Social psychology, the social bond, trust, stress and strain, work
My dissertation is about strain at work and how factors such as social support alleviate the strain. It is a multi-method micro focused study that includes interviews, diaries, and a survey. The setting is a hospital and the main population includes nurses and other hospital workers such as respiratory technicians and pharmacists. The majority of the data provides insight into stressful situations that workers experience and what factors best alleviate the associated strain.
The causes of strain include instances when demands exceed resources, frustrations with co-workers, and sensitivity to self-evaluations or performance perceptions. One of the key contributions includes examining the effect that trust has on stress, in a detailed quantitative way. This includes delving into the concept of trust and examining how the trustor’s perception of the trustee’s competence and helpfullness affect the magnitude and stability of the trust.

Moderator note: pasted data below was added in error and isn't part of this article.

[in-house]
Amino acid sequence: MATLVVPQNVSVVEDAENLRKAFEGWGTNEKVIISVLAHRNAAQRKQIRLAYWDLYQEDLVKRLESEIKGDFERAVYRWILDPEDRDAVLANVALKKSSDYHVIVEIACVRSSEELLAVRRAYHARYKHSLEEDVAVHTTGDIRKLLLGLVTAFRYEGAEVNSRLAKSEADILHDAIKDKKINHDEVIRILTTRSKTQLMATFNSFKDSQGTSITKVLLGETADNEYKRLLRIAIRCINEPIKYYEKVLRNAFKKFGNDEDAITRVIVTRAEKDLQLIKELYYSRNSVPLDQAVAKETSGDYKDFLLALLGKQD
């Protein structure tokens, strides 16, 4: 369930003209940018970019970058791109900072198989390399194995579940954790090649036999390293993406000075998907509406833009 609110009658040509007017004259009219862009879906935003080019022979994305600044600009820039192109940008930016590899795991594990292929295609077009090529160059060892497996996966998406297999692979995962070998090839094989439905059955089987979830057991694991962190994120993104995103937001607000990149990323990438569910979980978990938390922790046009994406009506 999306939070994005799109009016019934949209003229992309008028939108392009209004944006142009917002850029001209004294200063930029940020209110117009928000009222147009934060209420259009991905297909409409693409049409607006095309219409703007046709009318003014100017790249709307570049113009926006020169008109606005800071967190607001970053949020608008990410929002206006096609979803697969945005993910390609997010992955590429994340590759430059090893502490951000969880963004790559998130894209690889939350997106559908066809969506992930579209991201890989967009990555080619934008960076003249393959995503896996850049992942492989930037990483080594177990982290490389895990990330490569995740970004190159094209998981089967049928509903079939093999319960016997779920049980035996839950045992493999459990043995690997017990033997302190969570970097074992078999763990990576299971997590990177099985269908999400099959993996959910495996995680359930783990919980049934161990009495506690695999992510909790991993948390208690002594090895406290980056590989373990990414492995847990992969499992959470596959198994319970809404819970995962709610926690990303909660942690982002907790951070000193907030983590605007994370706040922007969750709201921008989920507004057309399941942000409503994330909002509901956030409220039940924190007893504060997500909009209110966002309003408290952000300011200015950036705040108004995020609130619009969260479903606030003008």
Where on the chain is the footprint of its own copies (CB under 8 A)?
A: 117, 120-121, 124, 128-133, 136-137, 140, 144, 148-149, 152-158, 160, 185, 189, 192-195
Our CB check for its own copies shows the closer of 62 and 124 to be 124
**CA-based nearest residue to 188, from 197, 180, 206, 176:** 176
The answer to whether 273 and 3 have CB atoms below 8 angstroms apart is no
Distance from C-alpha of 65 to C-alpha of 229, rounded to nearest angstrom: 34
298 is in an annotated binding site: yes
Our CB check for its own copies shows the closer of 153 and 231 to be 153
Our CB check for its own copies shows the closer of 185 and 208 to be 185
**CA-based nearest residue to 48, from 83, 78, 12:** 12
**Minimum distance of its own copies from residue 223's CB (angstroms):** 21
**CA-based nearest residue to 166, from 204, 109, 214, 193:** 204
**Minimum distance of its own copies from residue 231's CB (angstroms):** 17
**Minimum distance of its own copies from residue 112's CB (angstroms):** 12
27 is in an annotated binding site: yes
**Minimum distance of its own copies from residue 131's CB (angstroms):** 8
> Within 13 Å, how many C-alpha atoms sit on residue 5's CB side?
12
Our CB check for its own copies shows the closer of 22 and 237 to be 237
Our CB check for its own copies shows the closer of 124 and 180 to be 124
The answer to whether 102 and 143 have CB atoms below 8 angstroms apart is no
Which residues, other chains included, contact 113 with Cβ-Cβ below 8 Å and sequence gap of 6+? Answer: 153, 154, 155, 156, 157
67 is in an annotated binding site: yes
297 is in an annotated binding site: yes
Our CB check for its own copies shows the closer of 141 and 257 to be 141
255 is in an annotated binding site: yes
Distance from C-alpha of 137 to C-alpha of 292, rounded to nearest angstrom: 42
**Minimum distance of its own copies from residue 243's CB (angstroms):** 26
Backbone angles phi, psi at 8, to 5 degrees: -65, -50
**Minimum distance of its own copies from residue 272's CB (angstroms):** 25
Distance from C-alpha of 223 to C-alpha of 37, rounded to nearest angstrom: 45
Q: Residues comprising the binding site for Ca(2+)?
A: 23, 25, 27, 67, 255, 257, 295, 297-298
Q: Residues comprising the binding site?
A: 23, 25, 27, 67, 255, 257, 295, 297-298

More broadly, I argue for the importance of people and relationships in the battle of overcoming the pressures of life. I discuss how personal factors such as character, competence, and compassion positively impact the larger scale organizational and institutional environment. The dissertation has direct implications for healthcare, organizational performance, individual performance, health, and well-being.
Advisors: Randall Collins (chair), Jerry Jacobs, David Gibson (Notre Dame)